HK 91

Variants

There are four models of the HK91:

  • HK91A2: Fixed stock and semi-auto “SE” or “0-1″ trigger group.
  • HK91A3: Retractable 1-position stock and semi-auto “SE” or “0-1″ trigger group.
  • HK91A4: Fixed stock, semi-auto “SE” or “0-1″ trigger group and Select Polygonal Bore.
  • HK91A5: Retractable 1-position stock, semi-auto “SE” or “0-1″ trigger group and Select Polygonal Bore.

The reasons why Heckler & Koch renamed the HK41 in 1974 are unclear. Part of their reasoning could have been that they wanted to change the perception of the rifle as being a semi-automatic sporting rifle instead of a paramilitary rifle. Furthermore, gun laws that were adopted in West Germany around that time prohibited the civilian ownership of paramilitary rifles. (As a side note, HK41s that were sold in West Germany came without flash suppressors because they were prohibited under the West German gun laws). As a result, Heckler & Koch modified the weapon with a plate welded inside the receiver to prevent the mounting of a full-auto “SEF” fire control group and re-designated the rifle as the Heckler & Koch HK91 [1][2]. Late pattern HK41s and HK91s are virtually identical in appearance (except for the receiver markings and the retaining hole of the cocking tube end cap) and all their parts are interchangeable. The last few HK91s that were delivered to the U.S. in 1989 were blocked by customs after President George H. W. Bush issued an Executive Order banning the importation of “non-sporting” rifles. These were slightly modified, to remove “non-sporting” features like the flash suppressor, and the receivers re-stamped as the HK911, forming a transitional model between the HK91 and the HK SR9.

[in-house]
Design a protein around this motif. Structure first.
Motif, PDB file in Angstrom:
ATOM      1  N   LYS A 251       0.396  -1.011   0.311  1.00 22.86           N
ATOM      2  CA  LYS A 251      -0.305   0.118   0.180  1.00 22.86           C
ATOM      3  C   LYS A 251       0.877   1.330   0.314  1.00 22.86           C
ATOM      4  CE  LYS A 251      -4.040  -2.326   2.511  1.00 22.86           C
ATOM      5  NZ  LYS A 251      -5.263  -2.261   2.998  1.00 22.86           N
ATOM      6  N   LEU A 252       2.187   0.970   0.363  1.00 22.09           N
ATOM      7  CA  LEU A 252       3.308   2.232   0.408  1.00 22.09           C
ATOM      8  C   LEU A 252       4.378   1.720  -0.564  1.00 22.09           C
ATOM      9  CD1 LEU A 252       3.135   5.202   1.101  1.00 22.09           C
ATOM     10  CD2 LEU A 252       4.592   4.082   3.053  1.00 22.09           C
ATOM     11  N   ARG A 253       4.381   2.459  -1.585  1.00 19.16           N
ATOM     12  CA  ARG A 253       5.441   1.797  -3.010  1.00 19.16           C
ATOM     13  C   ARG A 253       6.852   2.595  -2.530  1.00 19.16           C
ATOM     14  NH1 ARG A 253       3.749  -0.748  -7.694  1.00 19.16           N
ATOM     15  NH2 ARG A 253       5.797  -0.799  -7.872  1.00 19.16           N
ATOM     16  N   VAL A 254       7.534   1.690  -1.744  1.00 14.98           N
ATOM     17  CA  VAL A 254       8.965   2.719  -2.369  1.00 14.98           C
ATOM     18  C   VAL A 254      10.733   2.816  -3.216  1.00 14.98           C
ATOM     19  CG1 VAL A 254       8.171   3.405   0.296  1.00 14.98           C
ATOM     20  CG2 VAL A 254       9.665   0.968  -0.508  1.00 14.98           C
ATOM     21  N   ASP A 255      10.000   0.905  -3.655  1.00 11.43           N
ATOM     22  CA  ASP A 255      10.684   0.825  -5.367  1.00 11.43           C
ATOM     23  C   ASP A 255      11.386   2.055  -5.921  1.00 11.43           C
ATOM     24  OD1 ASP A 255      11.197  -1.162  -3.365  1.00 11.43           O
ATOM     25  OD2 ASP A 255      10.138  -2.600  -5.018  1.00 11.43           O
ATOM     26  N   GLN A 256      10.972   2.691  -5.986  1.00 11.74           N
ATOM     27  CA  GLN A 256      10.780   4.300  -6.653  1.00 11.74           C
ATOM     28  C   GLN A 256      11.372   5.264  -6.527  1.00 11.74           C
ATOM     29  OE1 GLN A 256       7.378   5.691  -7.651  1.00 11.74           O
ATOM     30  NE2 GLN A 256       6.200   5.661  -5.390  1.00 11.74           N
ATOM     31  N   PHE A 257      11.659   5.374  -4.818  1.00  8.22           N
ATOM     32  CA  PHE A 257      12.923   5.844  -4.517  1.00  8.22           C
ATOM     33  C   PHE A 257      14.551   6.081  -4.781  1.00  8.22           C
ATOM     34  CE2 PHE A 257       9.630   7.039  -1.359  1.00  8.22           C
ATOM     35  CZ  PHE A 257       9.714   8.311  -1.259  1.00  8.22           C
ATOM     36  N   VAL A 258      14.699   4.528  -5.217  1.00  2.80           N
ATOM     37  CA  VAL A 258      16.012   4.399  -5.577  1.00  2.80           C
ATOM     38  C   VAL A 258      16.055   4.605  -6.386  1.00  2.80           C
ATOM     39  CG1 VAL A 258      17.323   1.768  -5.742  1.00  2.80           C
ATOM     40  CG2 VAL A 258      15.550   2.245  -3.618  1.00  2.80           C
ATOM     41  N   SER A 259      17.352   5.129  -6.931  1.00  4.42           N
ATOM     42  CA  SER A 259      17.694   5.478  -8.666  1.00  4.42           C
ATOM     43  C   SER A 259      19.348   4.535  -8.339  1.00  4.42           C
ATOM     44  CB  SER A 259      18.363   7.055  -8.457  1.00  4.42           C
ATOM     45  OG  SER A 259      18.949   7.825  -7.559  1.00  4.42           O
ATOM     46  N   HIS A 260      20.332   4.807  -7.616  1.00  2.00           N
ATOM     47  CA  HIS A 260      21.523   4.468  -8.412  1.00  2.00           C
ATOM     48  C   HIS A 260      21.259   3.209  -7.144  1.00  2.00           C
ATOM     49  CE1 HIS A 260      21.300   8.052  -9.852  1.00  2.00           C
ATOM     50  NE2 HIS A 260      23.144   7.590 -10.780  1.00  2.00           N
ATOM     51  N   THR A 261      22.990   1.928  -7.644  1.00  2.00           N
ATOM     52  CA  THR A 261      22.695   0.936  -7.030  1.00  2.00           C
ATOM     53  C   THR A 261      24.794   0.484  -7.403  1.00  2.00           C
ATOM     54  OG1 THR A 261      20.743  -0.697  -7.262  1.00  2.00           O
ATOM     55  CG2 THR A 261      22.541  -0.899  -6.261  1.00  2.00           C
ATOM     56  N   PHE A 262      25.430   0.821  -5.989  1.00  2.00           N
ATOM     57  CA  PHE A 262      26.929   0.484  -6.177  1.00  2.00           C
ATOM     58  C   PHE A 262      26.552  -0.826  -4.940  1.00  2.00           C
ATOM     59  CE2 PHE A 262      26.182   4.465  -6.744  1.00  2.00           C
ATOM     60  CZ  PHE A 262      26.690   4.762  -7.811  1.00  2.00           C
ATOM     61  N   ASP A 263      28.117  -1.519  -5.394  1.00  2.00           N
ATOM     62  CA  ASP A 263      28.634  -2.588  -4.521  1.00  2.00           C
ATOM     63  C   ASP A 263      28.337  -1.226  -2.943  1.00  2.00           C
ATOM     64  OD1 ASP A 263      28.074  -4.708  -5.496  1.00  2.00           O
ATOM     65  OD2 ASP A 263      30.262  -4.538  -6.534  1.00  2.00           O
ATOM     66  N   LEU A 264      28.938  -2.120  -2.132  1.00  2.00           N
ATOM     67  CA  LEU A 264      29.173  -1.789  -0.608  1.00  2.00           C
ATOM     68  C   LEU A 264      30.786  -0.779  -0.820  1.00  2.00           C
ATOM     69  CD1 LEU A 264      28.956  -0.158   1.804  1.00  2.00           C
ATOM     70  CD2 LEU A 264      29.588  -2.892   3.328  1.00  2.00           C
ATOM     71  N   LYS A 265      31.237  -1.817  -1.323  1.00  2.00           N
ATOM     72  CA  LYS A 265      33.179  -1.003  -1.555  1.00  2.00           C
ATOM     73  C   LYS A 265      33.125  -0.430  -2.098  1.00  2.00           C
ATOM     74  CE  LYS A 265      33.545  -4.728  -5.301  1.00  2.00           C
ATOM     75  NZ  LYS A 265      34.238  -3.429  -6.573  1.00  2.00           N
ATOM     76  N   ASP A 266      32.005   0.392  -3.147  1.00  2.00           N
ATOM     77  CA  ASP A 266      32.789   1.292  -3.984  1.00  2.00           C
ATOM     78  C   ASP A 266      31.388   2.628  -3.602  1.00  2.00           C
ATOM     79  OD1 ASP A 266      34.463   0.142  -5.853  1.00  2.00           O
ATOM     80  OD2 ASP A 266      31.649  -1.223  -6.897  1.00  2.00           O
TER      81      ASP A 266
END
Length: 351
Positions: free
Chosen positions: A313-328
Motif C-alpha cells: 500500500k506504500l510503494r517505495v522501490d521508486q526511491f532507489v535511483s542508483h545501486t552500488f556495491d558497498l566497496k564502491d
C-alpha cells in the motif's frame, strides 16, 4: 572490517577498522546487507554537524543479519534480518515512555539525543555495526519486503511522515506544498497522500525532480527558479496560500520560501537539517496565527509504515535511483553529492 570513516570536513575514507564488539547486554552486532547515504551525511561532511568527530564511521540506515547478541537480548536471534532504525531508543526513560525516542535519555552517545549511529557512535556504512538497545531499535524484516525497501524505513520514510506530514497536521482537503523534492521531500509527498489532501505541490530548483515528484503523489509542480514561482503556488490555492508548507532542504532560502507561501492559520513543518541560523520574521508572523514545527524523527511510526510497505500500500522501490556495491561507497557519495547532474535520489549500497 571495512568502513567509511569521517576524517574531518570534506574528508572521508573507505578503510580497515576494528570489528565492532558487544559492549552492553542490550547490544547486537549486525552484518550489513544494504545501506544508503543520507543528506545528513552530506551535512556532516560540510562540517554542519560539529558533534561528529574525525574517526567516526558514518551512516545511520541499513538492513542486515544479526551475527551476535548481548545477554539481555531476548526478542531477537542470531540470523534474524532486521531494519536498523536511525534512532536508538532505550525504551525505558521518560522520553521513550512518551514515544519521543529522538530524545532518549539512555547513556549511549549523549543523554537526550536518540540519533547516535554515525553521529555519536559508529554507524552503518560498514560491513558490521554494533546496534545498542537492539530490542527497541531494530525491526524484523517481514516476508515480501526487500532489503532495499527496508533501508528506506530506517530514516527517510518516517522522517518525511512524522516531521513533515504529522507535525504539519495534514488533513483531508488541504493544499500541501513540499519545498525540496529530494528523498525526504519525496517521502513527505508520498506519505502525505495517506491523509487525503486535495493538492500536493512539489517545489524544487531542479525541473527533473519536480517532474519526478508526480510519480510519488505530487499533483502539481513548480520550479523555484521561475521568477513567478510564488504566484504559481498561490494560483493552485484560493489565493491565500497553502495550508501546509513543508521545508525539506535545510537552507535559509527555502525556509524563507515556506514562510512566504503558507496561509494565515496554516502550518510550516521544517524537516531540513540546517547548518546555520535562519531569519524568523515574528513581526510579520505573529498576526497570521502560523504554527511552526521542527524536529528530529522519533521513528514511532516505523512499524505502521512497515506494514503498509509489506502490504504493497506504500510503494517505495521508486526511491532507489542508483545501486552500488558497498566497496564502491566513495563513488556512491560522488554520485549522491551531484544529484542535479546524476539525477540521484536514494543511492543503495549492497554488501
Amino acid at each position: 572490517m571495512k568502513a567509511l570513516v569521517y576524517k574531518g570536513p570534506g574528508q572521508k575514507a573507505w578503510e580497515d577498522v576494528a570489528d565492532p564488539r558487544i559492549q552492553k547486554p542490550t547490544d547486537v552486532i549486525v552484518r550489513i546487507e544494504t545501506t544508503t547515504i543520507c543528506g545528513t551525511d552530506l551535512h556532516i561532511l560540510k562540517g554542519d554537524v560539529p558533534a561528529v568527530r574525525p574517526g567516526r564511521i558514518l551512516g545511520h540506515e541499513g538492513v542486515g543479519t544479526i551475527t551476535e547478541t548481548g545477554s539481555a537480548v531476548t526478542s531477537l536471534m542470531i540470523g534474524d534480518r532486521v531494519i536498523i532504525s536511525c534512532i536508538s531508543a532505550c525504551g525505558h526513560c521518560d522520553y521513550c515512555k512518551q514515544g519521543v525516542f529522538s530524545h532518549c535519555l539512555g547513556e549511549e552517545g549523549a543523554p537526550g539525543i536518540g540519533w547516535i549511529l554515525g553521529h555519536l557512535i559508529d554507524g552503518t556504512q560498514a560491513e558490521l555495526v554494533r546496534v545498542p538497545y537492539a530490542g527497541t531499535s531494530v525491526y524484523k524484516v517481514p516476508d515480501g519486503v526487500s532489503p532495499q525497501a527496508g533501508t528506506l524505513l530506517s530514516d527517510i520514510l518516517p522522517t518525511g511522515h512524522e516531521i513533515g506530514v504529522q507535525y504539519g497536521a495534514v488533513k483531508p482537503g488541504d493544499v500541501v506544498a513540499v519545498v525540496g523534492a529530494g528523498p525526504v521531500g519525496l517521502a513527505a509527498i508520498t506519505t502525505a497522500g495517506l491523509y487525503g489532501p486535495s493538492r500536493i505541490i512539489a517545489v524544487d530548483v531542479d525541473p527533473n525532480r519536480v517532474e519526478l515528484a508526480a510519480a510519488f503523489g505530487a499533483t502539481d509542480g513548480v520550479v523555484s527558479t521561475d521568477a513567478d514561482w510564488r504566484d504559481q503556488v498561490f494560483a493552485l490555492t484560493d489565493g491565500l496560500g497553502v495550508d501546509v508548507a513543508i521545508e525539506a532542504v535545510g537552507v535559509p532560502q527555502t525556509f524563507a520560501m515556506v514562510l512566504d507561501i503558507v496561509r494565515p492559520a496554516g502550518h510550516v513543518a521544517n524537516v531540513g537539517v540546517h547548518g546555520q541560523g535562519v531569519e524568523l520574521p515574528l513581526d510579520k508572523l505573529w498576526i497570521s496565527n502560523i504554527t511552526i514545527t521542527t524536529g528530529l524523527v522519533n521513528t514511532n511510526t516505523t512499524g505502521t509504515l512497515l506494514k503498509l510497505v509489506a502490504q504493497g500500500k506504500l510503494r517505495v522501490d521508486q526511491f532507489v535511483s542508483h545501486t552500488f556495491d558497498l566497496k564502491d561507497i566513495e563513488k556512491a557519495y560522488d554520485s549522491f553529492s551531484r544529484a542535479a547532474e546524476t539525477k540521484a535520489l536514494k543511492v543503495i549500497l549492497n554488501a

Greek-made HK91 copy with optional PSG-1 grip, bipod and 30-round magazine.

The HK91 is rather valuable in the United States firearm market since it was banned from further importation by executive order in 1989. Only 48,817 HK91s were imported into the U.S. prior to 1989. The retail price for an HK91 in the late 1970s was roughly $380 for the standard A2 models and $50 more for the A3 version. Prior to 1979, H&K did limited production runs of HK91s with polygonal rifle barrels. These were only $10 more than their standard counterparts. Today, original HK91s often fetch over $2000. The early 1974 ‘SACO’ imports that are in good condition, which have the old style “SF” marked grip frame housings, are desirable among H&K collectors. So are the 1988 and 1989 “Chantilly” models, which have the same satin semi-gloss black finish as the later HK SR9s.

Licensed copies of the G3 and HK-91 were produced in Greece by Hellenic Arms Industry or “EBO”, using factory tooling purchased from Heckler & Koch. A small number of these HK-91 clones, which are functionally and aesthetically identical to the German-made rifles, were imported into America by Springfield Armory, Inc. and sold under the designation SAR-8. These rifles, which ceased being imported in 1994, are not to be confused with later Springfield-made SAR-8 model rifles which feature cast aluminum receivers and are considered of markedly lower quality, being valued at far less than the original Greek models.